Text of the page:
Twitter has it bad, as this recent GigaOm piece highlights, and Facebook is also suffering.
Twitter is basically comprised of an idea, some geeks and some server space. The last of these are not precious or scarce resources and the idea is basically now a sunk cost. Not just for Twitter, but for anything that aspires to be Twitter like.
It therefore doesn’t cost much to be Twitter (or Twitterlike). Logically speaking therefore, the revenue opportunities for Twitter, long-term, are likely to be similarly low. The problem for Twitter (and Facebook) is not generating sufficient revenue to cover its costs, certainly not the costs of delivering the service its users want. Its problem is generating sufficient revenue to justify its share price.
In the chase for this revenue, an Ipola sufferer turns away from its users and focuses on marketing directors. It tries to turn itself into a media platform or a data mine, because that is the only way it can seduce the marketing dollar. And in the process it basically destroys what it was that made it successful in the first place. Its vital organs start to fail.
Twitter is basically a conversation. Take the chronology out of conversation and it stops working.
Twitter is never going to be some sort of content lillypad – which has always been its problem. It has no real estate on which advertising dollars can settle.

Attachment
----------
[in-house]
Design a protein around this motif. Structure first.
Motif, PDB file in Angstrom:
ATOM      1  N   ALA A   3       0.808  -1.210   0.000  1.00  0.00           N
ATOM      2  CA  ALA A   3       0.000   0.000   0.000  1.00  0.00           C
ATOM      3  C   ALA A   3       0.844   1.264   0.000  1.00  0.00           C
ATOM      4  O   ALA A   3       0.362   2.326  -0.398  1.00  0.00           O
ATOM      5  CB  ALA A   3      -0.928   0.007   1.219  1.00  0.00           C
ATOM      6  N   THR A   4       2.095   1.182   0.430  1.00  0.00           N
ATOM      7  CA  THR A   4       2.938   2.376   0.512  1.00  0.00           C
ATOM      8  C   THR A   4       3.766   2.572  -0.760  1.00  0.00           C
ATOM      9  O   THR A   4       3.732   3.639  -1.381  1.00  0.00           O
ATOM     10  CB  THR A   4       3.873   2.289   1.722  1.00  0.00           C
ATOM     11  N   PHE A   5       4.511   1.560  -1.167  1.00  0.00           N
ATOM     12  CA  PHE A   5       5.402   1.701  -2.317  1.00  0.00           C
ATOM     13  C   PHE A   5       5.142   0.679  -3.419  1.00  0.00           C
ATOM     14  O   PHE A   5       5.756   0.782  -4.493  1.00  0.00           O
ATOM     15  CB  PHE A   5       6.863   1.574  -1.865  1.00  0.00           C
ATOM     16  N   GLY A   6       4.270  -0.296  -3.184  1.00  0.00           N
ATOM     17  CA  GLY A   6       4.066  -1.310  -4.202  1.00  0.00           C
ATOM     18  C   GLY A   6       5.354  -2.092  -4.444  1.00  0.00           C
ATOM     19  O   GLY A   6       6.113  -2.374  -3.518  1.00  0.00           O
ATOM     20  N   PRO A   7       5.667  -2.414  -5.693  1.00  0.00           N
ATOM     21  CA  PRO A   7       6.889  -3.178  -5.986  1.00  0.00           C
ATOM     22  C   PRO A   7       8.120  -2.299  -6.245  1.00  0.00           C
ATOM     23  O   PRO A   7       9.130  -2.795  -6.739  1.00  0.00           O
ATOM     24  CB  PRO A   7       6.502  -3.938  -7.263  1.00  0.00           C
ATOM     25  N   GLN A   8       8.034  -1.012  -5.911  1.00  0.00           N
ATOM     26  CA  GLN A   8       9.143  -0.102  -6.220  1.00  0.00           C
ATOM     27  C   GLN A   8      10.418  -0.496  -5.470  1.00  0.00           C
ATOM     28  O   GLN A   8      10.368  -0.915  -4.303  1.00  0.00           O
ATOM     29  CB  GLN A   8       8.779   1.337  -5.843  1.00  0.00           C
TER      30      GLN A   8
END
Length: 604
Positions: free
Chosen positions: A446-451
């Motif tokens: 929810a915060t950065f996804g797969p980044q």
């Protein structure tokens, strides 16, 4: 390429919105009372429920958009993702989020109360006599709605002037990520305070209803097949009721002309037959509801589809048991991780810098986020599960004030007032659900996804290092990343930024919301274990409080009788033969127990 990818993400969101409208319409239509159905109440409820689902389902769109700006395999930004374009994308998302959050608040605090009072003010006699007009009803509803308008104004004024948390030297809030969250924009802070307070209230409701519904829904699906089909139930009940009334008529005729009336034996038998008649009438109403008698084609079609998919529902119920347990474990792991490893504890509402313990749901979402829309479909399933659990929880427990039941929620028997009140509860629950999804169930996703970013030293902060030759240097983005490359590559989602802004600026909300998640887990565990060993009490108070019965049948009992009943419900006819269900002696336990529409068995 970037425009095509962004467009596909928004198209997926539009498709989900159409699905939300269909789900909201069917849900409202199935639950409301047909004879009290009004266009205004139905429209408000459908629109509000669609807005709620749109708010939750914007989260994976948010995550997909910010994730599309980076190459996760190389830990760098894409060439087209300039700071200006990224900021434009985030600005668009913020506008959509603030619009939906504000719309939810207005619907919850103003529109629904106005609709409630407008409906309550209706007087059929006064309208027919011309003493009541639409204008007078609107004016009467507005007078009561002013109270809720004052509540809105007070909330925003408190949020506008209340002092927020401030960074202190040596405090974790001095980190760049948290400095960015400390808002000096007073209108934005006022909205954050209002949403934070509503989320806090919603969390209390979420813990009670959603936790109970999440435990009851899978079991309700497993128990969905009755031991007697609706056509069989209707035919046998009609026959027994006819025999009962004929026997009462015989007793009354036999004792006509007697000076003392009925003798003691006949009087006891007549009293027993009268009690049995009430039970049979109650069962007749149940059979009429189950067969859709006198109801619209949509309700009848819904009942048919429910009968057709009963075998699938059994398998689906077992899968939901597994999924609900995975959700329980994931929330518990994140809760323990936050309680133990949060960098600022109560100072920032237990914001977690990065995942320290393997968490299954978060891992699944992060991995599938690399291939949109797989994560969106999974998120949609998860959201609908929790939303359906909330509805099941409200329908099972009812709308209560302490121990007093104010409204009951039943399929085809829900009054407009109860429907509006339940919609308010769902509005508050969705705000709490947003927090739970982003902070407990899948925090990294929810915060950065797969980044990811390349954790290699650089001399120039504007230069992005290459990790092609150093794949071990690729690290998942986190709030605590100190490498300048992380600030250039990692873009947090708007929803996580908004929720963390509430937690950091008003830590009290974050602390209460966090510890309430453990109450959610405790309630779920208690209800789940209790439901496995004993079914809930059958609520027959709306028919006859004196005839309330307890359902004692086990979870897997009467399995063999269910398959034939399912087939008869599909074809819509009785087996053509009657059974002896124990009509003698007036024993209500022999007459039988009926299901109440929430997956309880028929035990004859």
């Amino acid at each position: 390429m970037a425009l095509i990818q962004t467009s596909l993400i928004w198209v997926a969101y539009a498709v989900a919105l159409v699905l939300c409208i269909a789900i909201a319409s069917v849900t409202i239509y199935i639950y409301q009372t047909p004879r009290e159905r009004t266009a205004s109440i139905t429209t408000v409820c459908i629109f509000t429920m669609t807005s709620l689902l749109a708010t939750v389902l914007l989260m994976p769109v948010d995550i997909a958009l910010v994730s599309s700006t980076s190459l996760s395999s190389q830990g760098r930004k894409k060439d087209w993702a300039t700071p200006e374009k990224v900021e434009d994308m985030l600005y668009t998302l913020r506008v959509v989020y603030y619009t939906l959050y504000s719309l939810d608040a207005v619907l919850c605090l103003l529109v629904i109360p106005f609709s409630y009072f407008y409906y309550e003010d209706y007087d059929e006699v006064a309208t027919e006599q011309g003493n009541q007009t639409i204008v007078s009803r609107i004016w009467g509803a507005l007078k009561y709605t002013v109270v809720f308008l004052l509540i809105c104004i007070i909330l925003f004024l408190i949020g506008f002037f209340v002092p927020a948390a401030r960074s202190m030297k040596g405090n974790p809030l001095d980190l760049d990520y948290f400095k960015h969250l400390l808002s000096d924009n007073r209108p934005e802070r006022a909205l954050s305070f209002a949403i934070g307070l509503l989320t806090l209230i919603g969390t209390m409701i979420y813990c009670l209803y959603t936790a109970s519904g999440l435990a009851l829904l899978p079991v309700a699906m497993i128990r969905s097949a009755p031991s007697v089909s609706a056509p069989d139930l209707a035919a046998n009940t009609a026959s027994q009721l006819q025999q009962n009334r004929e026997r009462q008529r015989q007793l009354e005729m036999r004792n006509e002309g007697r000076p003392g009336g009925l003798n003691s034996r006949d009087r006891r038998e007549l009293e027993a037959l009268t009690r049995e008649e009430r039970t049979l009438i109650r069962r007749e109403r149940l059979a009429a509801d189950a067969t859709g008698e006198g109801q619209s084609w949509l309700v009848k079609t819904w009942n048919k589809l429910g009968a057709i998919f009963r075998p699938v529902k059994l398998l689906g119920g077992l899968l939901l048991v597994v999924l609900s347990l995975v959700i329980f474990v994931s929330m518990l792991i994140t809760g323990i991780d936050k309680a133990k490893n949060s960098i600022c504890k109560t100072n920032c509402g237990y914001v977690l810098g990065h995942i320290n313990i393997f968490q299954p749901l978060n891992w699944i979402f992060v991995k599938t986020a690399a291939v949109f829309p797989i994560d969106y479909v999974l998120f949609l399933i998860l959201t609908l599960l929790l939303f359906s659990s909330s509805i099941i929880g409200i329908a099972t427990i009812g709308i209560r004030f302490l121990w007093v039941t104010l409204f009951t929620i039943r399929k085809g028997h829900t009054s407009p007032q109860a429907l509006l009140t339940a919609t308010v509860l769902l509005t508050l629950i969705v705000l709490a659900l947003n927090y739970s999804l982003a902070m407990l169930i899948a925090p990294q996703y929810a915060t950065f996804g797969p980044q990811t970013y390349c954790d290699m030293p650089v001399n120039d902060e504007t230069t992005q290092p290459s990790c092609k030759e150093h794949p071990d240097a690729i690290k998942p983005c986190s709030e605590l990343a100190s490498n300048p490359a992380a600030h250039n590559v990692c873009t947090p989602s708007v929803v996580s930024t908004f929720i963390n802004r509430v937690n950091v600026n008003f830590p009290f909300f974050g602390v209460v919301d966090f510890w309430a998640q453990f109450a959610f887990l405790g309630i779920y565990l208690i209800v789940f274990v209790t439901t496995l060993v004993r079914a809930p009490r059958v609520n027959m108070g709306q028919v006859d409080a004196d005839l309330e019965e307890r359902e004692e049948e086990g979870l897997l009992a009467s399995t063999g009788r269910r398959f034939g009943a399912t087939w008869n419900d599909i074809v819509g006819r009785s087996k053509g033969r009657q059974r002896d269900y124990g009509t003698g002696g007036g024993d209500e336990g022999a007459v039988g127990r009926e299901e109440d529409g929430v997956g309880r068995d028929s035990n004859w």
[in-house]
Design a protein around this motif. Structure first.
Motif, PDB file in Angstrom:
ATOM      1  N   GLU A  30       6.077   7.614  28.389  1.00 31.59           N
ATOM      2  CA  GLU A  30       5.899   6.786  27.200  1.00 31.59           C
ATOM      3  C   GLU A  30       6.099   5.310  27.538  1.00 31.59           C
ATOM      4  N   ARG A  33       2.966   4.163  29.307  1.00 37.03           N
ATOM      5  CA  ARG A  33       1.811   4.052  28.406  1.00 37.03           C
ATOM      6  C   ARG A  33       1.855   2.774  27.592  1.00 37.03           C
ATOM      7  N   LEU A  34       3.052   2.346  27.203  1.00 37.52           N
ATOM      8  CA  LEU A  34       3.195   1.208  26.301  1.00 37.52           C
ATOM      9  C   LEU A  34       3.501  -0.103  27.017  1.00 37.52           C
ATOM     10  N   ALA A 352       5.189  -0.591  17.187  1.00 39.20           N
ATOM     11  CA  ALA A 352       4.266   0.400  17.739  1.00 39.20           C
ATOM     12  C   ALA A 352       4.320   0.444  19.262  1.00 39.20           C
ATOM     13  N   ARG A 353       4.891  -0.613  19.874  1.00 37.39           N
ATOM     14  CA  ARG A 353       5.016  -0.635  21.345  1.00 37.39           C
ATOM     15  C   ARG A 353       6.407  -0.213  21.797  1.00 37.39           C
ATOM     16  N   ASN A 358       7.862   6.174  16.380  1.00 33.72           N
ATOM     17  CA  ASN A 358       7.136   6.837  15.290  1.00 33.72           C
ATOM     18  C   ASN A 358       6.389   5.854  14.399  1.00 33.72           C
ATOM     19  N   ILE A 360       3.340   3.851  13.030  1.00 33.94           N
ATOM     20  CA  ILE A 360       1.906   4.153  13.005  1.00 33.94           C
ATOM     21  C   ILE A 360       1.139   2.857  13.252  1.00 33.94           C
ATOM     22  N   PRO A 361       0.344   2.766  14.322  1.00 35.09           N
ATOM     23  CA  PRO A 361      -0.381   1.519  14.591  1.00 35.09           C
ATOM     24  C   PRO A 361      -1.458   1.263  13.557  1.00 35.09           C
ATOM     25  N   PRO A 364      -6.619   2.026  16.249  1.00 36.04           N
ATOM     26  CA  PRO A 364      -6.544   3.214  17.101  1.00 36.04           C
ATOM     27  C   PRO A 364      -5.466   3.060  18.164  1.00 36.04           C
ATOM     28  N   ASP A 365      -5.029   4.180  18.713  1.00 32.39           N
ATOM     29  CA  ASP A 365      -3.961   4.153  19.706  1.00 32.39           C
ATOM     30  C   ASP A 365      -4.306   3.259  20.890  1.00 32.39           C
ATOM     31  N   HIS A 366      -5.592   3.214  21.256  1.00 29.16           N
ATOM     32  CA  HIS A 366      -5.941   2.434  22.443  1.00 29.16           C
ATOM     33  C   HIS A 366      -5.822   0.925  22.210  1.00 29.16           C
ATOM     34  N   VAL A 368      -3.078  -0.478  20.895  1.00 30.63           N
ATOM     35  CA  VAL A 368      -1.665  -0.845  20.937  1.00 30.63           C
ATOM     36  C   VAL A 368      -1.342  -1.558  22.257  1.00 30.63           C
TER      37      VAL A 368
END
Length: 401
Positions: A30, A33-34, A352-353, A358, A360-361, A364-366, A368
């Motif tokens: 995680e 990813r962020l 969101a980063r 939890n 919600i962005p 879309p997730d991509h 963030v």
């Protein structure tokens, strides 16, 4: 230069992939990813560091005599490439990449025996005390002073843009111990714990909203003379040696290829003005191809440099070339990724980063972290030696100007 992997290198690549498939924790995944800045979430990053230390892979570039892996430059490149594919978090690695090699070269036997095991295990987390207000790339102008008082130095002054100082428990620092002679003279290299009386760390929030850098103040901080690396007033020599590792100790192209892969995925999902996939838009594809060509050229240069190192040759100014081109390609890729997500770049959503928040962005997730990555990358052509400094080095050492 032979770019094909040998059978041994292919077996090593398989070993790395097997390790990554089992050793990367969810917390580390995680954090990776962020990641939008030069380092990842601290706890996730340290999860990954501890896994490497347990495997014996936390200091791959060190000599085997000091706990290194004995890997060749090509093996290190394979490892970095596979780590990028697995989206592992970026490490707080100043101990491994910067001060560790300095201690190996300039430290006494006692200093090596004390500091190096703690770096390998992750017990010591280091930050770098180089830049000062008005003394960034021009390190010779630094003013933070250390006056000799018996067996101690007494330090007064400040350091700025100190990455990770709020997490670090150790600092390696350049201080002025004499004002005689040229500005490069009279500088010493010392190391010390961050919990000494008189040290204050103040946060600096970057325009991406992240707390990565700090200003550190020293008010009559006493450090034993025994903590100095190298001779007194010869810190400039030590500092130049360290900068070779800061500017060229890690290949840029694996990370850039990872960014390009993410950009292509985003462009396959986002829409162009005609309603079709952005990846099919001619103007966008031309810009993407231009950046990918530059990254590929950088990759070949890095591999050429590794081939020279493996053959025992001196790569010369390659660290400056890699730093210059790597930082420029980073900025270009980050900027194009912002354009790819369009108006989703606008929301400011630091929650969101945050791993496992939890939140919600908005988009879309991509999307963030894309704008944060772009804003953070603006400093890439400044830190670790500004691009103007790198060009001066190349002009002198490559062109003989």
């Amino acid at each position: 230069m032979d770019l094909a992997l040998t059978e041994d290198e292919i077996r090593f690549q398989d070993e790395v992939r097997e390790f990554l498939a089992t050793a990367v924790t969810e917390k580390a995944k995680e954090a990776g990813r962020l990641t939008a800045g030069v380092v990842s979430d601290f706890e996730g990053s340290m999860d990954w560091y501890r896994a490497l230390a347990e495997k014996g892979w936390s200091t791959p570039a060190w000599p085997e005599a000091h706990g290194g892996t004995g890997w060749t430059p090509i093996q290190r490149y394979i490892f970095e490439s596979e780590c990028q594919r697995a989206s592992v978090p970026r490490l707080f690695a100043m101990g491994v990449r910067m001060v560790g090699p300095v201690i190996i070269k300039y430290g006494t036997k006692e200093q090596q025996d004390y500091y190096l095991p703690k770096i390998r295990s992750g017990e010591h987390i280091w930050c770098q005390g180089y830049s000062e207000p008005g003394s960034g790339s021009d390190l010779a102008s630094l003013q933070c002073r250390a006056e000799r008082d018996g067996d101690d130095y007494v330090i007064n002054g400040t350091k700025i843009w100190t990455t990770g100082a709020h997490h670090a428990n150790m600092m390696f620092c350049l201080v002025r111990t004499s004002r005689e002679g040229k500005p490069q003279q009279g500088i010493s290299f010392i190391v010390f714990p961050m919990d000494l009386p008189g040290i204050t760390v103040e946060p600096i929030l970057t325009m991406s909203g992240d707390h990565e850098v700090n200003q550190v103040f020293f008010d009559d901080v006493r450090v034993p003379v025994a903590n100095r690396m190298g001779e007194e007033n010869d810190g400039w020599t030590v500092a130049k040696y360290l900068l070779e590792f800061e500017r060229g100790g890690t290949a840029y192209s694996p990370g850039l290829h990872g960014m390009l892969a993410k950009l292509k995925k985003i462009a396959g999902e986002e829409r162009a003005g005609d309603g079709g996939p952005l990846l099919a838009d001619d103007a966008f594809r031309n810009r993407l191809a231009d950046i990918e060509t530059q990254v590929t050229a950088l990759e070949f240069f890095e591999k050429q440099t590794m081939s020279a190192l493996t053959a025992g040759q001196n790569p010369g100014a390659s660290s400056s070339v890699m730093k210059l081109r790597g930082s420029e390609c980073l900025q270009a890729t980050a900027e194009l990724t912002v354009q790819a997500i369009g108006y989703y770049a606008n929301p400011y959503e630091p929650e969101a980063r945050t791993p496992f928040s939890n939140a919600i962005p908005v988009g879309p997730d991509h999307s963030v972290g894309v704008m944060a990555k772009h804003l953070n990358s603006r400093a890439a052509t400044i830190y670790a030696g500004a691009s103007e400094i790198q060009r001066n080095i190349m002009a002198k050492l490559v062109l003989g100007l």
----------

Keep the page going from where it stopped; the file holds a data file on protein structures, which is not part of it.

Which would all be fine, if it didn’t have try and keep the boys on Wall Street happy.
Ipola is not going to kill Twitter just yet, although it is going to run a sweat. What will kill Twitter is when the market gets infected by a competitor – and users realise how easy it is to swap, because the size of your accumulated Twitter following means nothing (because they are not actually an audience), you don’t follow handles anymore, you follow or search hashtags (in real-time), and if you do want to follow someone (or have them follow you) they are still only a click away. Doing a factory reset on your Twitter following is basically a good thing because it means you only get the ones back which were worth anything in the first place.
The only course of treatment for Twitter (and Facebook and LinkedIn) is to recognise your stock is going to become a devalued currency when Wall Street finally realises you are never going to hit the long-term revenue expectations, so use it while it is trading at such a ridiculous premium to buy other companies that can then become the lifeboats for when the business model sinks.